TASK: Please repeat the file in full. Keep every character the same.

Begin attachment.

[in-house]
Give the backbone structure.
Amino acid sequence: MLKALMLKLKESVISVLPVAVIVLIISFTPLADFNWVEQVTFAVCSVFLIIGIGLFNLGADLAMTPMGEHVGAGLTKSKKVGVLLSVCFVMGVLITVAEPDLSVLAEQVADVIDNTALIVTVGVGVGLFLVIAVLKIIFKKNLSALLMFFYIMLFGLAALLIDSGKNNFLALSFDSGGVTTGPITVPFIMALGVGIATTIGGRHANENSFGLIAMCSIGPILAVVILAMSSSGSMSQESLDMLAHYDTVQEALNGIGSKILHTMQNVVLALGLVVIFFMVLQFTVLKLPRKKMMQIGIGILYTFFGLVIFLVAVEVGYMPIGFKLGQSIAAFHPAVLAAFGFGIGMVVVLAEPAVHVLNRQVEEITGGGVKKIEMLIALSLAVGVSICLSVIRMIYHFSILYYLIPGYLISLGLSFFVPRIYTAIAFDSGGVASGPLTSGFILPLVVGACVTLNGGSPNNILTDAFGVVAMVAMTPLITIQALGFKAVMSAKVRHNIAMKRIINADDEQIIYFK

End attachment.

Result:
[in-house]
Give the backbone structure.
Amino acid sequence: MLKALMLKLKESVISVLPVAVIVLIISFTPLADFNWVEQVTFAVCSVFLIIGIGLFNLGADLAMTPMGEHVGAGLTKSKKVGVLLSVCFVMGVLITVAEPDLSVLAEQVADVIDNTALIVTVGVGVGLFLVIAVLKIIFKKNLSALLMFFYIMLFGLAALLIDSGKNNFLALSFDSGGVTTGPITVPFIMALGVGIATTIGGRHANENSFGLIAMCSIGPILAVVILAMSSSGSMSQESLDMLAHYDTVQEALNGIGSKILHTMQNVVLALGLVVIFFMVLQFTVLKLPRKKMMQIGIGILYTFFGLVIFLVAVEVGYMPIGFKLGQSIAAFHPAVLAAFGFGIGMVVVLAEPAVHVLNRQVEEITGGGVKKIEMLIALSLAVGVSICLSVIRMIYHFSILYYLIPGYLISLGLSFFVPRIYTAIAFDSGGVASGPLTSGFILPLVVGACVTLNGGSPNNILTDAFGVVAMVAMTPLITIQALGFKAVMSAKVRHNIAMKRIINADDEQIIYFK